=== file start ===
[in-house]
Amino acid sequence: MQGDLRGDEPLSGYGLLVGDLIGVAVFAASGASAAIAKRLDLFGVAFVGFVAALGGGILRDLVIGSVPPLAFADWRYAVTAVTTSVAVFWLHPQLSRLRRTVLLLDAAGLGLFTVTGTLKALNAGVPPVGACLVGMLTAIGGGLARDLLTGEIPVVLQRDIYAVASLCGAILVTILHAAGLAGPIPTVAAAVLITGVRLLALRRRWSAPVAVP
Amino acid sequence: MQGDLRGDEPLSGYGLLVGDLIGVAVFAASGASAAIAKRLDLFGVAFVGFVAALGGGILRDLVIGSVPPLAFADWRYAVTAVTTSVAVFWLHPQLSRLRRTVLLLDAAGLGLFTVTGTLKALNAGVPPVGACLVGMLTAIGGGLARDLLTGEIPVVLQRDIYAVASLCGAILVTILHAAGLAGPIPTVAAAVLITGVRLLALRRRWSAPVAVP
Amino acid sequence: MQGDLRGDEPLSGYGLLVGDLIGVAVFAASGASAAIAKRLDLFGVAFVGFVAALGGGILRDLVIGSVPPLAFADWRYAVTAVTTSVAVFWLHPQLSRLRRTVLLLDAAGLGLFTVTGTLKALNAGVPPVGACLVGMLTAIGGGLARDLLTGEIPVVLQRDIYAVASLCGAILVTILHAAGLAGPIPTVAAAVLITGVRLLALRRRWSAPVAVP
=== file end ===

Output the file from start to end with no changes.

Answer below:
[in-house]
Amino acid sequence: MQGDLRGDEPLSGYGLLVGDLIGVAVFAASGASAAIAKRLDLFGVAFVGFVAALGGGILRDLVIGSVPPLAFADWRYAVTAVTTSVAVFWLHPQLSRLRRTVLLLDAAGLGLFTVTGTLKALNAGVPPVGACLVGMLTAIGGGLARDLLTGEIPVVLQRDIYAVASLCGAILVTILHAAGLAGPIPTVAAAVLITGVRLLALRRRWSAPVAVP
Amino acid sequence: MQGDLRGDEPLSGYGLLVGDLIGVAVFAASGASAAIAKRLDLFGVAFVGFVAALGGGILRDLVIGSVPPLAFADWRYAVTAVTTSVAVFWLHPQLSRLRRTVLLLDAAGLGLFTVTGTLKALNAGVPPVGACLVGMLTAIGGGLARDLLTGEIPVVLQRDIYAVASLCGAILVTILHAAGLAGPIPTVAAAVLITGVRLLALRRRWSAPVAVP
Amino acid sequence: MQGDLRGDEPLSGYGLLVGDLIGVAVFAASGASAAIAKRLDLFGVAFVGFVAALGGGILRDLVIGSVPPLAFADWRYAVTAVTTSVAVFWLHPQLSRLRRTVLLLDAAGLGLFTVTGTLKALNAGVPPVGACLVGMLTAIGGGLARDLLTGEIPVVLQRDIYAVASLCGAILVTILHAAGLAGPIPTVAAAVLITGVRLLALRRRWSAPVAVP